NEW YORK - I went to Brooklyn to cover a game and ended up covering a practice.
I mean, we're talking about a practice.
The original assignment: the Flyers vs. the New York Islanders Saturday night at the Barclays Center. As tasks go, this did not rank up there with covering the America's Cup in Australia, which The Inquirer did once during the golden age of newspapers and United States yacht racing.
Still, I was looking forward to seeing Brooklyn's relatively new arena for the first time.
That appeal wore off, however, in the middle of last week when the forecasts started calling for the whale of all blizzards in the Mid-Atlantic region. In Philadelphia, they heeded the warning on Friday and postponed all Saturday sporting events until Sunday, including the 76ers game against the Boston Celtics.
Not so in Brooklyn, which meant I had to travel Friday ahead of the storm to make sure I'd be in place for Saturday's scheduled 11:30 morning skate and the 7:30 p.m. game. I wanted to make the most of the situation, so I went to dinner at a sports bar on Fifth Avenue in Brooklyn on Friday night in search of some Islanders fans.
Apparently, however, the Brooklynites are as unaware of the Islanders' arrival as the Islanders were about the winter storm. The bar had at least 100 flat-screen televisions, but not one of them was tuned into the Islanders' game against the Ottawa Senators on Friday night.
Lots of screens had the New York Rangers' game against Carolina. The New York Knicks' home loss to the Los Angeles Clippers at Madison Square Garden was on, too. But no Islanders, and no one seemed to care, which might be why Brooklyn's hockey team is ranked 28th among 30 NHL teams in attendance. That's too bad, because the Isles have more points than all but six teams in the league.
Too bad for me was the inaccuracy of the forecast. When I went to bed Friday night, New York Gov. Andrew Cuomo said the city should expect between 12 and 18 inches of snow. The worst of it was supposed to be south of New York. They were wrong. I awoke to blizzard conditions at about 7 a.m. and was sure the game had to have been postponed in the middle of the night.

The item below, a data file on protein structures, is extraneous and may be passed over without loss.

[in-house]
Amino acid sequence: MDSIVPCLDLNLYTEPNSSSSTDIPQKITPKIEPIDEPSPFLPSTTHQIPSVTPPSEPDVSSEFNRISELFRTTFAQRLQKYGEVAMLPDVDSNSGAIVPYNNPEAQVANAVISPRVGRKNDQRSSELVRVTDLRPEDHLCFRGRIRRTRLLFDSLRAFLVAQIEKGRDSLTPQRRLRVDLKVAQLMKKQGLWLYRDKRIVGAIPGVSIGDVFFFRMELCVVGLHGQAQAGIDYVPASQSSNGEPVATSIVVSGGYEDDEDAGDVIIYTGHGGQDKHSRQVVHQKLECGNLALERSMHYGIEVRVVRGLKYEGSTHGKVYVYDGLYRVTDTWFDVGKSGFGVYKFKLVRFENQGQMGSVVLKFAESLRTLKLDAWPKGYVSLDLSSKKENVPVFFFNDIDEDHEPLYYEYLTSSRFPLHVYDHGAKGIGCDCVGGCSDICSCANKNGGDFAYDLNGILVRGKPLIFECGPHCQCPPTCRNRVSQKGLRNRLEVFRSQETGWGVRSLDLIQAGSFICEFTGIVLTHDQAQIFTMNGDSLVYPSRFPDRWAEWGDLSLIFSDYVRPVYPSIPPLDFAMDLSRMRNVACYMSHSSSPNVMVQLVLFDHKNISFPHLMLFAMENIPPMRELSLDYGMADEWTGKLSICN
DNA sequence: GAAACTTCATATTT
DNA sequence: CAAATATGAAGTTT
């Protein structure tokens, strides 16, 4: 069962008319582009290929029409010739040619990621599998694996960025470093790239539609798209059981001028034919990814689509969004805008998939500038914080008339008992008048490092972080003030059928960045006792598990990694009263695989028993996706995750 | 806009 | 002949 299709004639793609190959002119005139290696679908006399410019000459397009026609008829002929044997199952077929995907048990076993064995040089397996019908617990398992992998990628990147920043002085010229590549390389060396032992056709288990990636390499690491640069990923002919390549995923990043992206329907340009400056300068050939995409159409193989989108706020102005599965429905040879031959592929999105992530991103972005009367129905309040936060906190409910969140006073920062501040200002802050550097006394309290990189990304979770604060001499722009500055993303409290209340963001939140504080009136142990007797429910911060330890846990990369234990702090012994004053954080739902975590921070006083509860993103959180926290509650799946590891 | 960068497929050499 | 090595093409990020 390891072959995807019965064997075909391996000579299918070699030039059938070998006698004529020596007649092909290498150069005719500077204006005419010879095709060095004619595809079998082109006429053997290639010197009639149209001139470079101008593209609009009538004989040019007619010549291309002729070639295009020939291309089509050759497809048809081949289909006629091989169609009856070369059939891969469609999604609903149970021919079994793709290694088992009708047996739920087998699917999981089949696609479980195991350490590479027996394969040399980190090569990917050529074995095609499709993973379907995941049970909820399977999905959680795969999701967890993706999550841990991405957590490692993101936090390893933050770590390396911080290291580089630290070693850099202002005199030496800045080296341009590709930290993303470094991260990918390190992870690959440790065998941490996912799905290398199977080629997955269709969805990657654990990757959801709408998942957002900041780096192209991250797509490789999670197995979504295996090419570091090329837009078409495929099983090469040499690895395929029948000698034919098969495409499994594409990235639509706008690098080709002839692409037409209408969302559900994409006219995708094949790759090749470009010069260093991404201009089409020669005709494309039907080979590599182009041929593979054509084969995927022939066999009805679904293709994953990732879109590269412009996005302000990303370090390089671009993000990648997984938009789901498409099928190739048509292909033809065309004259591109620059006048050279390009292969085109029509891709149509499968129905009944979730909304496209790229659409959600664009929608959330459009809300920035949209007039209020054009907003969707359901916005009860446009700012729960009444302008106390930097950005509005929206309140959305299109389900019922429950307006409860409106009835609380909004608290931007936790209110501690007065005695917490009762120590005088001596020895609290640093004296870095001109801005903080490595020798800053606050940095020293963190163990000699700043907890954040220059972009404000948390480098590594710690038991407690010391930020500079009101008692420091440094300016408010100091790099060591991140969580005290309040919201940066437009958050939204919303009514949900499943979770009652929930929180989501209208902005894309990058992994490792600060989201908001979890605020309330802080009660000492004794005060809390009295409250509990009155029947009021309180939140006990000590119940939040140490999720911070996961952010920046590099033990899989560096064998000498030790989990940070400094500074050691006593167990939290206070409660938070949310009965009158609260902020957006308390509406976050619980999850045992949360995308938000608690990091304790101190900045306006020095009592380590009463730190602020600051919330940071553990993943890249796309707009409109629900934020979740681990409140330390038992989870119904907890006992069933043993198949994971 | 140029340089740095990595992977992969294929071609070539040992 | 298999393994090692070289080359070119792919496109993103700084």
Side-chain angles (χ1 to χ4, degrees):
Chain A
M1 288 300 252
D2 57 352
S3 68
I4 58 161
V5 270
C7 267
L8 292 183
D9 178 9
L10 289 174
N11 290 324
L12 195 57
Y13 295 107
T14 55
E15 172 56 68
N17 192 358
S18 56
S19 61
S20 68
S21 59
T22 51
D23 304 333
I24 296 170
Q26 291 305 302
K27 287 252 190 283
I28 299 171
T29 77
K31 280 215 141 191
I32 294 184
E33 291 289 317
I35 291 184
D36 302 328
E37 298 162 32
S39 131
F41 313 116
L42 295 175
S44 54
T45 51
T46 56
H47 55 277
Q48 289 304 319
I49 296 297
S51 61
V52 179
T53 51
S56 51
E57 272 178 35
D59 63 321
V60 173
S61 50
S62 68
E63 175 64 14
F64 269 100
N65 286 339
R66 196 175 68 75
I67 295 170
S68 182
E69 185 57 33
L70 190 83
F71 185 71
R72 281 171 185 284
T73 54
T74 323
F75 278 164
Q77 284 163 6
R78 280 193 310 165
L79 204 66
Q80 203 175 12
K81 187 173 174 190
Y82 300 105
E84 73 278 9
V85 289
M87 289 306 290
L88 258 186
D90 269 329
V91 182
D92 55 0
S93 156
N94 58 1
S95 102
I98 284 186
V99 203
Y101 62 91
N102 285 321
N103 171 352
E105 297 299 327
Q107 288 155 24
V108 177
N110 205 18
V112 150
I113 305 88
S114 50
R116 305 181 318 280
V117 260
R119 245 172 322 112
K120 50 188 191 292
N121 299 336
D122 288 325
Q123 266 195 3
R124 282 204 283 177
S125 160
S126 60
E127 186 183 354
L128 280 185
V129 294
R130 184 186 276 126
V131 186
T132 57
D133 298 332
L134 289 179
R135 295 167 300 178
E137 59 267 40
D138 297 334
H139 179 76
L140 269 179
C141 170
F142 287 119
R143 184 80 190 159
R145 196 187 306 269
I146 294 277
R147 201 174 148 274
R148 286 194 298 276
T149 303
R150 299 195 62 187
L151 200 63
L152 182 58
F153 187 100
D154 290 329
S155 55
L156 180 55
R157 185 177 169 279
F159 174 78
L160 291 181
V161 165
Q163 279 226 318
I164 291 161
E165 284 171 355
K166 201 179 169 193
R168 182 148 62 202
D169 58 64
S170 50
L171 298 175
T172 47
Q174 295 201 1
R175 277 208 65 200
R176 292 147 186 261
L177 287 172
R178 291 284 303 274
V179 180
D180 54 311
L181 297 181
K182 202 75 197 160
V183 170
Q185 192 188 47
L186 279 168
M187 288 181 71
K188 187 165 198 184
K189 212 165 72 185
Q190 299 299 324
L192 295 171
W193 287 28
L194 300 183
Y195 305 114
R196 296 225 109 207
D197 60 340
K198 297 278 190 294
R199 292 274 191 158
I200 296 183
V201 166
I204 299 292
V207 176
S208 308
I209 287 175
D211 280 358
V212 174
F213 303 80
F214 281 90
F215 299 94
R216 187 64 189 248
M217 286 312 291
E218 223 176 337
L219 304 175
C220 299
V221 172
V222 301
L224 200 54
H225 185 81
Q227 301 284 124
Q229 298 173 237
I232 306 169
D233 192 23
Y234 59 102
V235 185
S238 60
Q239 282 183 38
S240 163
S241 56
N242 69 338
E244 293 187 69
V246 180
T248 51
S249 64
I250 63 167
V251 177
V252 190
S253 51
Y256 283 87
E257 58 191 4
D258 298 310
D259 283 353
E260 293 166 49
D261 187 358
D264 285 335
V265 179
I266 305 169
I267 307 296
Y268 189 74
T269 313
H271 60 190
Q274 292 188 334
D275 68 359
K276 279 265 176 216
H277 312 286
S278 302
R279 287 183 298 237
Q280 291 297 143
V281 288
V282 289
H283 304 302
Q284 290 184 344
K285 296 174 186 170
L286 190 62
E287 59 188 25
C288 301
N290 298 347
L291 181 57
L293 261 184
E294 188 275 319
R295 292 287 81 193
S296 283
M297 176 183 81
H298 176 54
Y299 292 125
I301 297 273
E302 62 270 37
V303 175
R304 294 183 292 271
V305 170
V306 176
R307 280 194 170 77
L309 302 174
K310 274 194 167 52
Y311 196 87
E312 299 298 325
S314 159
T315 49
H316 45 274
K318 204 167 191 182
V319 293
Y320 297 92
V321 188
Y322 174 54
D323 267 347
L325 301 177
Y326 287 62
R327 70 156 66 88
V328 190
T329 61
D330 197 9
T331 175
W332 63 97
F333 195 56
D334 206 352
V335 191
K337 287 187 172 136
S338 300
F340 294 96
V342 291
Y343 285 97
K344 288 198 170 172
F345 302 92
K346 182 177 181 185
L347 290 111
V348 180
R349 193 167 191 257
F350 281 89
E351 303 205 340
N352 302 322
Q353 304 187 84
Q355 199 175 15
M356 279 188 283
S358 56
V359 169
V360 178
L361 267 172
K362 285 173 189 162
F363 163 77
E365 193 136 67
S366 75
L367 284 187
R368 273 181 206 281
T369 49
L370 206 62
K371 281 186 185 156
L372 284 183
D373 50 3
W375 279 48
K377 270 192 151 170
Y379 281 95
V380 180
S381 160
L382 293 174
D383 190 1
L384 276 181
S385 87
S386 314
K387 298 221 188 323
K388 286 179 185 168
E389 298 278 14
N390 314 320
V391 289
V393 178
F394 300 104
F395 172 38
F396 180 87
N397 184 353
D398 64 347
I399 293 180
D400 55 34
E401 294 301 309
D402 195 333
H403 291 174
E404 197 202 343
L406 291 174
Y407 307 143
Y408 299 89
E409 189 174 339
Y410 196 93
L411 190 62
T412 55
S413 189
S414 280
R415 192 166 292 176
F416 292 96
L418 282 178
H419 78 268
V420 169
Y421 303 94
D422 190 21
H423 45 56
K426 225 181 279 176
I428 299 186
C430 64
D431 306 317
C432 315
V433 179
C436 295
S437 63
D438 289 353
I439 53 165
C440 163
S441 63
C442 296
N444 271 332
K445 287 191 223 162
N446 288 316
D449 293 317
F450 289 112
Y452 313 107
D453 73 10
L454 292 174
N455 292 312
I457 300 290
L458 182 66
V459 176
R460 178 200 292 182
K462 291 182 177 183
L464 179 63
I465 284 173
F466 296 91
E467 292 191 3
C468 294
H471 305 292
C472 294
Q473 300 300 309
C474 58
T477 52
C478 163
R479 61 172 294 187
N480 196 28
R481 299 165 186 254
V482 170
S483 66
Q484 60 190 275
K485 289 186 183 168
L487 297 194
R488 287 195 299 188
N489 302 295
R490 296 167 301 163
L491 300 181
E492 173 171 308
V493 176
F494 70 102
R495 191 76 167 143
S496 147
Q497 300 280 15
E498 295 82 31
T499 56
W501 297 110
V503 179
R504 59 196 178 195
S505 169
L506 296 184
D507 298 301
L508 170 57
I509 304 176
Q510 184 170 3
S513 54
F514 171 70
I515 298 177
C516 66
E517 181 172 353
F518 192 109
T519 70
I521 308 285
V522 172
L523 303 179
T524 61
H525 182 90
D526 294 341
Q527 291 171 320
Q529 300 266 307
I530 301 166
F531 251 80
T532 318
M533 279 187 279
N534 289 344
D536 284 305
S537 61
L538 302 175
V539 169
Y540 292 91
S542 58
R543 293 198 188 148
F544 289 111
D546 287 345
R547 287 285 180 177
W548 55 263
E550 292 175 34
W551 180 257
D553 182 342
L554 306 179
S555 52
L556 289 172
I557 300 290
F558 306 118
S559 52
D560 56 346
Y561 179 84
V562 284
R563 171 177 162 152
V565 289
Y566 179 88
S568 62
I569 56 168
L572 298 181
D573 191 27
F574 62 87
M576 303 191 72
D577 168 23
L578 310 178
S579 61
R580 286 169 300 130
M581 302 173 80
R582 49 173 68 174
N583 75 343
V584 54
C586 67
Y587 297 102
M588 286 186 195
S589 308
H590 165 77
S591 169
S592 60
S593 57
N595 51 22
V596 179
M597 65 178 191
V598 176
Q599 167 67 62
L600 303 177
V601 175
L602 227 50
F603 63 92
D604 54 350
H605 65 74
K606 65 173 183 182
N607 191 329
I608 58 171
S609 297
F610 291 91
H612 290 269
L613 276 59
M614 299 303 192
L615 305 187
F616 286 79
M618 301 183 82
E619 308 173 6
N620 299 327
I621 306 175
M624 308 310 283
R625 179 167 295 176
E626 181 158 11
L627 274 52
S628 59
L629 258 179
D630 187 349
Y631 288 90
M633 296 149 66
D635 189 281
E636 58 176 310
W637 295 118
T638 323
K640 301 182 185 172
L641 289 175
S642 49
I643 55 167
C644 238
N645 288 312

Finally, at about 10 a.m., the word came that the game was indeed postponed. Practice, however, was on for the Flyers. The Brooklyn streets were undriveable - this time because of snow rather than gridlock - so I pulled on my hat and gloves and climbed uphill on unshoveled sidewalks from my hotel to the Barclays Center in the blizzard.
The seventh-tenths of a mile trip took about 25 minutes, which was roughly the same amount of time it took Friday afternoon in my car when I went to the mall across from the Barclays Center to buy a coat to replace the one I had foolishly left at home.
For my effort, I wanted some good snow tales, and what better place to get them from than an NHL locker room, where the players grew up in places like Canada, Switzerland, and Austria.
Austrian winger Michael Raffl admitted to being a little bit amused by the reaction to Saturday's storm because he had seen much worse during his two seasons playing in Sweden.
"It was like this, but for a week straight," he said. "There were huge mountains of snow when they cleaned the roads, but it didn't bother people. They were used to it. People would go out and walk around and drive around like it was normal, as if nothing happened. The people had spikes on their wheels, so they were prepared for it."
Jake Voracek is from the Czech Republic, but he said the worst snowstorm he ever had to deal with was a couple of years ago in Philadelphia.
"We were supposed to play Carolina, and I had to go see a doctor in King of Prussia in the morning," Voracek said. "I was with [trainer] Jim McCrossin and it took us six hours to get back from King of Prussia to Philly. I got to the rink about 5 p.m., and the game was canceled, thank God. I got really lucky because I would have been out of it."
Veteran defenseman Mark Streit had some vivid snow memories from his time playing in Davos, a ski resort in his native Switzerland.
"One year I think we were snowed in for a week," he said. "Nobody was going in or out of the whole village. It was pretty neat. I like the snow, so I'll take it. I'd rather have a day like that than having it be 72 on Christmas Day."
Nearly 30 inches of snow fell in Brooklyn.
Give me 72 degrees on Christmas and I'd love to cover the next America's Cup in Australia, too. Anything but practice in a blizzard.